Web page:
3 1/2 Tips to ease frustration


To protect the guilty, I'll avoid going into too specific details, but someone made me really angry...

Not "lose-my-temper-explode-and-go-to-jail" angry, but just plain-everyday angry; more of a deep frustration.

This is where a carefully-crafted scathing text or email comes in handy. I've already written it out in my head, and it's beautiful.

But it will never get sent.

Why? Because I've learned I can be pretty good at being a jerk, and just because I'm "in the right" doesn't make it right to say whatever I want.

Just because I'm "in the right" doesn't make it right to say whatever I want.

The truth is it's not JUST this one person that has me feeling like punching through the nearest wall. It's him plus a dozen other things from the loudness of my kids to the two tickets I got last week: one for running a red light and one for overtime parking...

I've been feeling my internal temperature steadily rising, and it's evident by the growing impatience I'm feeling; by the way I can't wait to get off the phone; by the way I noticed everything that went wrong at work Sunday; by the way I just want to take a really long nap and escape.

Someone told me I need a vacation, and that's cool because later today we're actually heading to the northwest for exactly that: a vacation. It's gonna be awesome, but it's not a cure for the root of what I'm feeling; otherwise, I'd just grit my teeth through life, waiting on the next vacation.

A vacation is not a cure for stress. Otherwise, I'd just grit my teeth through life, waiting on the next vacation.

So what do I do with this anger, this frustration that is grating on my nerves like the classic "nails on a chalkboard"?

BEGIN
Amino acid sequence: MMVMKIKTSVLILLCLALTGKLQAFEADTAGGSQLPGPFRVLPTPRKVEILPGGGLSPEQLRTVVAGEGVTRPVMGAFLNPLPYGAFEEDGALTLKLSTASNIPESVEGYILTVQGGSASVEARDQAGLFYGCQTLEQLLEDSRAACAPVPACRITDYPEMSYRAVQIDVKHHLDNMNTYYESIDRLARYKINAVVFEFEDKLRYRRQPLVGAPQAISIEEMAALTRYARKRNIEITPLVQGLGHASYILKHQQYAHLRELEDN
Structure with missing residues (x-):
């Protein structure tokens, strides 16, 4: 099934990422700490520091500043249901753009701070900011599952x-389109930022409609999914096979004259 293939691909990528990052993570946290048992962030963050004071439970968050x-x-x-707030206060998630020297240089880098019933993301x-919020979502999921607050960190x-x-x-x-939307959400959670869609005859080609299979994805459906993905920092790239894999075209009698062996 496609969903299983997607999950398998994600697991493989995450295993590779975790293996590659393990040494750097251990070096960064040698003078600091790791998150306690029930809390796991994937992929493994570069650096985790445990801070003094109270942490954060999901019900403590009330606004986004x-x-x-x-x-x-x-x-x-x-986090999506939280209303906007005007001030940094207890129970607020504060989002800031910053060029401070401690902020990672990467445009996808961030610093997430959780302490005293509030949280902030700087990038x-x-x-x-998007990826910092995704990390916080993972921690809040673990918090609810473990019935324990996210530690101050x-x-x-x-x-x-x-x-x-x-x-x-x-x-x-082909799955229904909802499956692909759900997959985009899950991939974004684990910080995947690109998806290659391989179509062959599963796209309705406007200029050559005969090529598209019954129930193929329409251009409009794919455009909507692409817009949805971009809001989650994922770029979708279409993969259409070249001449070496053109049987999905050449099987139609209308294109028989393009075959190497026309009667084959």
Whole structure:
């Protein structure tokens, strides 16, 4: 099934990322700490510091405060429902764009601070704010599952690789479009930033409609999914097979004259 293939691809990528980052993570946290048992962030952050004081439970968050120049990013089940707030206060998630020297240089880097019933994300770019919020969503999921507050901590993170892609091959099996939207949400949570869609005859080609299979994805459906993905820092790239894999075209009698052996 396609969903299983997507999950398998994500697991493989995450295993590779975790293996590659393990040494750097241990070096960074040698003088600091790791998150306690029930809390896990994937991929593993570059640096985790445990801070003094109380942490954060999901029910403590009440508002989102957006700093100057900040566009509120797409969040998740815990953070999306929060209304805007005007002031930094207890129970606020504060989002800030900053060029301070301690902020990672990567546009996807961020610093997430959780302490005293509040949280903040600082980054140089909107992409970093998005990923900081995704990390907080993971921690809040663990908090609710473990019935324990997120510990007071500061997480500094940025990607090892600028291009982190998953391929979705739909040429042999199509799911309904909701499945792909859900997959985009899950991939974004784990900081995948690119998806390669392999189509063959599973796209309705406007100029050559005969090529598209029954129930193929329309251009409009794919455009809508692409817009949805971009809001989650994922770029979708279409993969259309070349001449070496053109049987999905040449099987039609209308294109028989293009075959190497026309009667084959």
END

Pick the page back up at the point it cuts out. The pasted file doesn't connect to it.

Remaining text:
I want to share with you three simple tips to ease frustration.

They've helped me, and since I'm not much different than you, they can help you too.

Here's the first tip to curtail your anger:

1.  Shut up.

Just close your mouth. Stop feeding the monster. This is really where you need to take the proverbial advice to "say nothing at all" if you have nothing nice to say.

Here's why: words are containers of emotion - in this case anger and frustration - and if you don't watch out they'll get you shook up like a soda can ready to explode.

Think about the last argument you had. What was the fuel? Words, right? What was used to write the text, email, or Facebook post that most recently annoyed you? Words.

When I get angry, I read Proverbs 19:11, "The discretion (prudence) of a man defers his anger; and it is his glory to pass over a transgression."

Just because you have a right to be angry doesn't mean you HAVE to be. You can choose to let it go, and I have personally found that biting my tongue is a very effective first response.

Just because you have a right to be angry doesn't mean you HAVE to be.

The next action I take to ease frustration depends on just how angry I am. If I'm just mildly frustrated, it's not necessary, but after a certain point, it's vital. Since it depends on the situation, we'll call it "Tip 2a" to ease frustration.

2a.  Get positively distracted.

You gotta be careful here because mint chocolate chip ice cream can sometimes seem like a great positive distraction and so can 4 hours of binge-watching Netflix.

The key is to distract yourself with something that's good for you in small AND large doses. (Yeah, I know I just took beer off the table. Sorry...)